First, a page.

One hundred and thirty-seven years ago, on April 19, 1882, a seventy-three-year-old man died at home in his bed. He was surrounded by his wife and two of his children, all three of whom wept inconsolably. His wife, who had held him against herself the last moments of his earthly strife, gently lowered him onto the bed. She stroked the white beard and closed the glazed eyes.
Even though the family sorrowed, there was also a sense of relief that the patient had finally succumbed to death. The last few weeks had been difficult. Angina attacks precipitated fear. He had refused to eat with his family, preferring to eat in his bedroom alone. He had observed his body with morbid interest, taking notes on what he saw. “Much pain,” he would jot down, or scratch out “dropped down,” after he succumbed to faints.
Tuesday, April 18, 1882, was his penultimate day and the pain began just before midnight. He woke his wife, to tell her that he was dying and she ran for his pills. Together with a servant she also administered brandy. But he was unable to keep it down, and retched miserably. He slept a little but vomited throughout most of the next morning, his body heaving and shuddering in agony.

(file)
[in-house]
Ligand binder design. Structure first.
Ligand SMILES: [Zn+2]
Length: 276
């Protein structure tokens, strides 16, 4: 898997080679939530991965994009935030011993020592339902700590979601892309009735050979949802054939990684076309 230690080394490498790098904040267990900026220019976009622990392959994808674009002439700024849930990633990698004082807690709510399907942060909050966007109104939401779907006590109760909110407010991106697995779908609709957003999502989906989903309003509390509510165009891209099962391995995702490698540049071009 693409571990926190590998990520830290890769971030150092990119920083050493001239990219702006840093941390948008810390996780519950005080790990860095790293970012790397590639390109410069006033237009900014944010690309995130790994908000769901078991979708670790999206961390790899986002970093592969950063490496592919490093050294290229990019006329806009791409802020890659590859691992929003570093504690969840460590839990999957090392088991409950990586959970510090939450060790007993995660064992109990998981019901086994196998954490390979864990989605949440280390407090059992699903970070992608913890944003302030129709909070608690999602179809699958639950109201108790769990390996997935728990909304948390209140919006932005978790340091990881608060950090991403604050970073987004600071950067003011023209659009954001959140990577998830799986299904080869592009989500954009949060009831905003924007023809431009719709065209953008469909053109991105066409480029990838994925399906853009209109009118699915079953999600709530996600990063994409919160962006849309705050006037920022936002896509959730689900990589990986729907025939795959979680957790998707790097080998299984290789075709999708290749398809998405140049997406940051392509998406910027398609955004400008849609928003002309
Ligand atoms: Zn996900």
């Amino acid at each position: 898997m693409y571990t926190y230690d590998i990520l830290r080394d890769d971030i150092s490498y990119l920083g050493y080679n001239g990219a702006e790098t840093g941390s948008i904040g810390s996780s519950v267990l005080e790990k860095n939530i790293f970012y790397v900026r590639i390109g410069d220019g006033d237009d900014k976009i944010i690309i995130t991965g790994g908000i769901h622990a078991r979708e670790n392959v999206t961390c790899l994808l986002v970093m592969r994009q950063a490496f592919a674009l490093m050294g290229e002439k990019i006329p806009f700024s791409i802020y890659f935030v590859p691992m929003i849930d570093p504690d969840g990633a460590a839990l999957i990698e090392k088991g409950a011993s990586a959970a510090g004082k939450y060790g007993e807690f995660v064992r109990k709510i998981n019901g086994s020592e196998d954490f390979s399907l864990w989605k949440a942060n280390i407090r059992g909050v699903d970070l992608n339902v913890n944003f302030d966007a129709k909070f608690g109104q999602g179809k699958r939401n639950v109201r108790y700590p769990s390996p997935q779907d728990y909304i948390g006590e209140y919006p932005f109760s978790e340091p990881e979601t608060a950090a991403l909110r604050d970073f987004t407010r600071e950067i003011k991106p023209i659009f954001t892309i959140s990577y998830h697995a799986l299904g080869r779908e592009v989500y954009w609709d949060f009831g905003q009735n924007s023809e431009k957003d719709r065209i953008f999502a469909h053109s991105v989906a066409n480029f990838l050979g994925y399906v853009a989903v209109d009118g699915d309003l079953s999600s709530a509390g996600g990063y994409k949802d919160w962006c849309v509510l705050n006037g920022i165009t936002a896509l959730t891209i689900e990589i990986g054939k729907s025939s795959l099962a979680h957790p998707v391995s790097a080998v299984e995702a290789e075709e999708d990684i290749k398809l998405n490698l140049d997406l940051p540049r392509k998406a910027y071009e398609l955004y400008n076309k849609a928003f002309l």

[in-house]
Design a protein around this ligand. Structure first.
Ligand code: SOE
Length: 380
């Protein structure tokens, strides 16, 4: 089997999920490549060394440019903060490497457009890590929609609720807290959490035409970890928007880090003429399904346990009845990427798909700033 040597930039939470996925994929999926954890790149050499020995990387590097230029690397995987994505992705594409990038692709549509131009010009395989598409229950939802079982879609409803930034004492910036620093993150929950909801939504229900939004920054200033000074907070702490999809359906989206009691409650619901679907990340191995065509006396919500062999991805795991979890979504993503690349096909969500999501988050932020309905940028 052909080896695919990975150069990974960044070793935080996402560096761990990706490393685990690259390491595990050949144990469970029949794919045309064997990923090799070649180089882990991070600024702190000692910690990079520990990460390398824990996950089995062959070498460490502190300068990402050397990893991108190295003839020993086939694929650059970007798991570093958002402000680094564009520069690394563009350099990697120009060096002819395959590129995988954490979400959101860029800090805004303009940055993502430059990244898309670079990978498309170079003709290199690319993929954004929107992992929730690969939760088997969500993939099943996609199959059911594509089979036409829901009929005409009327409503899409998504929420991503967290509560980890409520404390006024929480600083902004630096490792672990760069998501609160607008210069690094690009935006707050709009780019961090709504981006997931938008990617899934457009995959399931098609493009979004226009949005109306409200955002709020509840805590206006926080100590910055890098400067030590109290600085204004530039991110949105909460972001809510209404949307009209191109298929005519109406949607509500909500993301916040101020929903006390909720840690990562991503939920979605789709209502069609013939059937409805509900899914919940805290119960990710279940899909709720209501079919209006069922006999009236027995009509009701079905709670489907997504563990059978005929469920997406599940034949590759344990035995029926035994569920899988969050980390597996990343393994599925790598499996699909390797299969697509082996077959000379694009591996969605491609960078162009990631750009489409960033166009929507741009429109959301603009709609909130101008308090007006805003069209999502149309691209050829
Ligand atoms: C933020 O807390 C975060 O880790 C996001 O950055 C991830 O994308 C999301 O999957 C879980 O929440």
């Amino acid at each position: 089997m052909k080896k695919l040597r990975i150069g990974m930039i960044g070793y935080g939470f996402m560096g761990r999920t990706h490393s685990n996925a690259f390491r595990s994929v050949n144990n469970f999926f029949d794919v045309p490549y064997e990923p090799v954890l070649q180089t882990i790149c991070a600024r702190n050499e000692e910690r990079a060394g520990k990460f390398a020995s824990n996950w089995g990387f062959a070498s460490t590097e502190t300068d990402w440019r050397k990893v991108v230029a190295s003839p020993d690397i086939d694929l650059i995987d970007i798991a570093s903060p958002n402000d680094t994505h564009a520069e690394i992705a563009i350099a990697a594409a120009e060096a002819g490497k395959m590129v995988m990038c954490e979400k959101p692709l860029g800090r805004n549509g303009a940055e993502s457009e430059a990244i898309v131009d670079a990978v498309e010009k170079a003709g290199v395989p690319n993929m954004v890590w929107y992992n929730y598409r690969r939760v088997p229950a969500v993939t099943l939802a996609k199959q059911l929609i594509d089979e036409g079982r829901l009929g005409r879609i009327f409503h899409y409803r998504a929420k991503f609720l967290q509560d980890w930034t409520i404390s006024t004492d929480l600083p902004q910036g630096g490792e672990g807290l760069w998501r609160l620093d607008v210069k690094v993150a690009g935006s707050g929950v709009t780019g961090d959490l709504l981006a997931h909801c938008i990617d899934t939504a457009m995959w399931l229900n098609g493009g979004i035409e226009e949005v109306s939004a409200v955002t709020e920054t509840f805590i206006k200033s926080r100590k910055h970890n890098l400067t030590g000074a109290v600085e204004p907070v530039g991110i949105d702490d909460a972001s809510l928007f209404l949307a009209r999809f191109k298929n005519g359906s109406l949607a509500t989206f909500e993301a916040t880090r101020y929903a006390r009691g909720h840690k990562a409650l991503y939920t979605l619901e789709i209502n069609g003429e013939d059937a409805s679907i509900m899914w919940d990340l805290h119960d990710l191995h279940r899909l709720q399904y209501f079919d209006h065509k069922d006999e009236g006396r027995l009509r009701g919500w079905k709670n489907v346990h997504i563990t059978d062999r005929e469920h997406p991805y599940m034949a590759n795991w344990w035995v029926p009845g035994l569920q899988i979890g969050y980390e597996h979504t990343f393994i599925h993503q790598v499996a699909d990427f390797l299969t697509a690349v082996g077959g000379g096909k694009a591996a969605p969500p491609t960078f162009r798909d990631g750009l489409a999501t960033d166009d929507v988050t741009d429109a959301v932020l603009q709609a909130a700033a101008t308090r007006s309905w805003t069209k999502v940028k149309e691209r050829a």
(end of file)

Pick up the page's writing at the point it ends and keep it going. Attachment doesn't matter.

“If I could but die,” he said repeatedly, intent on present escape and not focused on the fact that he would shortly face the Creator of his heart, the Judge of his soul. He vomited again and blood spewed out, spilling red onto his white and venerable looking beard. “Oh, God,” he cried, and again, “Oh, Lord God.” His pain appeared to be excruciating and lasted until he lost consciousness about a half-hour before he died. And Charles Darwin was no more on the earth he had with human textbook clarity consigned to evolutionary origins.
Charles Darwin, (1809-1882), was the youngest son of an English doctor – one who did not believe in God. His paternal grandfather, an Erasmus Darwin, was also a doctor and an atheist – one who believed in the natural ascent of life and in the kinship of all creatures. Young Charles liked the outdoors. He reveled in collecting shells and bird eggs. Although his father wanted him to become a doctor, like himself and his father before him, Charles had no interest in following their footsteps. He dropped out of medical school, studied theology for a while, and then went on to become a naturalist.
In 1831, when Charles was 22, he was hired as a naturalist aboard a ship called the Beagle and left England for a five-year excursion around the world. During this trip, Darwin was particularly intrigued by the plants and animals on the Galapagos Islands, several hundred miles off the west coast of South America.